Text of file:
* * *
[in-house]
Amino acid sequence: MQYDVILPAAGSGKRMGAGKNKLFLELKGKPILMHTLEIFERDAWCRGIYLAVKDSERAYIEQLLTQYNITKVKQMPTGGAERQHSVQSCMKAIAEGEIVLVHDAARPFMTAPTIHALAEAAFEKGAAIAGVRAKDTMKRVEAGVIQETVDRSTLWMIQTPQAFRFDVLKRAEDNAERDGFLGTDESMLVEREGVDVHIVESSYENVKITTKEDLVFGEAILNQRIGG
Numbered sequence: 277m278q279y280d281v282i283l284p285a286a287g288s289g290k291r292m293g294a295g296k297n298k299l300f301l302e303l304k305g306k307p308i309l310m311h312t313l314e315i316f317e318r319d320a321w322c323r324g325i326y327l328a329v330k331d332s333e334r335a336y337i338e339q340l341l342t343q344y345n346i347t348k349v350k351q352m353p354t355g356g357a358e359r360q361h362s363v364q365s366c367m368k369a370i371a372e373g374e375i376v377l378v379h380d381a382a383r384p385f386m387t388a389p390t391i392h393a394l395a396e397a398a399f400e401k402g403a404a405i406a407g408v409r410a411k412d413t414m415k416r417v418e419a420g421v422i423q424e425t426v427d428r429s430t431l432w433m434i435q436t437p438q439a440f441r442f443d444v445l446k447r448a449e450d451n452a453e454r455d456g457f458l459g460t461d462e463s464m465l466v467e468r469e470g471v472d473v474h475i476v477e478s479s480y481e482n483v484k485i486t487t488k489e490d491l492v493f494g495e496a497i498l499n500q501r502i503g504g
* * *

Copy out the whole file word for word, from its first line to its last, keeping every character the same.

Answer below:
[in-house]
Amino acid sequence: MQYDVILPAAGSGKRMGAGKNKLFLELKGKPILMHTLEIFERDAWCRGIYLAVKDSERAYIEQLLTQYNITKVKQMPTGGAERQHSVQSCMKAIAEGEIVLVHDAARPFMTAPTIHALAEAAFEKGAAIAGVRAKDTMKRVEAGVIQETVDRSTLWMIQTPQAFRFDVLKRAEDNAERDGFLGTDESMLVEREGVDVHIVESSYENVKITTKEDLVFGEAILNQRIGG
Numbered sequence: 277m278q279y280d281v282i283l284p285a286a287g288s289g290k291r292m293g294a295g296k297n298k299l300f301l302e303l304k305g306k307p308i309l310m311h312t313l314e315i316f317e318r319d320a321w322c323r324g325i326y327l328a329v330k331d332s333e334r335a336y337i338e339q340l341l342t343q344y345n346i347t348k349v350k351q352m353p354t355g356g357a358e359r360q361h362s363v364q365s366c367m368k369a370i371a372e373g374e375i376v377l378v379h380d381a382a383r384p385f386m387t388a389p390t391i392h393a394l395a396e397a398a399f400e401k402g403a404a405i406a407g408v409r410a411k412d413t414m415k416r417v418e419a420g421v422i423q424e425t426v427d428r429s430t431l432w433m434i435q436t437p438q439a440f441r442f443d444v445l446k447r448a449e450d451n452a453e454r455d456g457f458l459g460t461d462e463s464m465l466v467e468r469e470g471v472d473v474h475i476v477e478s479s480y481e482n483v484k485i486t487t488k489e490d491l492v493f494g495e496a497i498l499n500q501r502i503g504g